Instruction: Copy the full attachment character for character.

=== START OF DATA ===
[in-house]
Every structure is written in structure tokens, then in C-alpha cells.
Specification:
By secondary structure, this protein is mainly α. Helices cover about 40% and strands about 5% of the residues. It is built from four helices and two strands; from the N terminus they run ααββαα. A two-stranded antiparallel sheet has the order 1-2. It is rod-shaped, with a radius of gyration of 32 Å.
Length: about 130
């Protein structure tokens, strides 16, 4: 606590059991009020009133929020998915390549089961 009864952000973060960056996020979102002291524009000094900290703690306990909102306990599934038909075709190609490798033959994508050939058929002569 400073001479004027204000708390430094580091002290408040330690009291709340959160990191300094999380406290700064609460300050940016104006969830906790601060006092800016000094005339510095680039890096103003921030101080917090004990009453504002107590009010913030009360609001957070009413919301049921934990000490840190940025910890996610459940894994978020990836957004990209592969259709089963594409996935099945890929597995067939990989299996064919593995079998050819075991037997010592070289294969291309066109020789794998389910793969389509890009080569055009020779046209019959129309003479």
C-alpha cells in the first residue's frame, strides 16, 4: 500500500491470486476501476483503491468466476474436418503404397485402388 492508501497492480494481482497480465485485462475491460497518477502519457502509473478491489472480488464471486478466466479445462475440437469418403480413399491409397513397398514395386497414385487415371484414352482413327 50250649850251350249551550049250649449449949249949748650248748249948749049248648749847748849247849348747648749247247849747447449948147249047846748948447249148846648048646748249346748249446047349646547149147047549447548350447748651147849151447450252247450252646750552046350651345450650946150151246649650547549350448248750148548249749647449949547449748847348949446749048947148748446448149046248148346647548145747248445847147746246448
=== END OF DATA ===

[in-house]
Every structure is written in structure tokens, then in C-alpha cells.
Specification:
By secondary structure, this protein is mainly α. Helices cover about 40% and strands about 5% of the residues. It is built from four helices and two strands; from the N terminus they run ααββαα. A two-stranded antiparallel sheet has the order 1-2. It is rod-shaped, with a radius of gyration of 32 Å.
Length: about 130
């Protein structure tokens, strides 16, 4: 606590059991009020009133929020998915390549089961 009864952000973060960056996020979102002291524009000094900290703690306990909102306990599934038909075709190609490798033959994508050939058929002569 400073001479004027204000708390430094580091002290408040330690009291709340959160990191300094999380406290700064609460300050940016104006969830906790601060006092800016000094005339510095680039890096103003921030101080917090004990009453504002107590009010913030009360609001957070009413919301049921934990000490840190940025910890996610459940894994978020990836957004990209592969259709089963594409996935099945890929597995067939990989299996064919593995079998050819075991037997010592070289294969291309066109020789794998389910793969389509890009080569055009020779046209019959129309003479």
C-alpha cells in the first residue's frame, strides 16, 4: 500500500491470486476501476483503491468466476474436418503404397485402388 492508501497492480494481482497480465485485462475491460497518477502519457502509473478491489472480488464471486478466466479445462475440437469418403480413399491409397513397398514395386497414385487415371484414352482413327 50250649850251350249551550049250649449449949249949748650248748249948749049248648749847748849247849348747648749247247849747447449948147249047846748948447249148846648048646748249346748249446047349646547149147047549447548350447748651147849151447450252247450252646750552046350651345450650946150151246649650547549350448248750148548249749647449949547449748847348949446749048947148748446448149046248148346647548145747248445847147746246448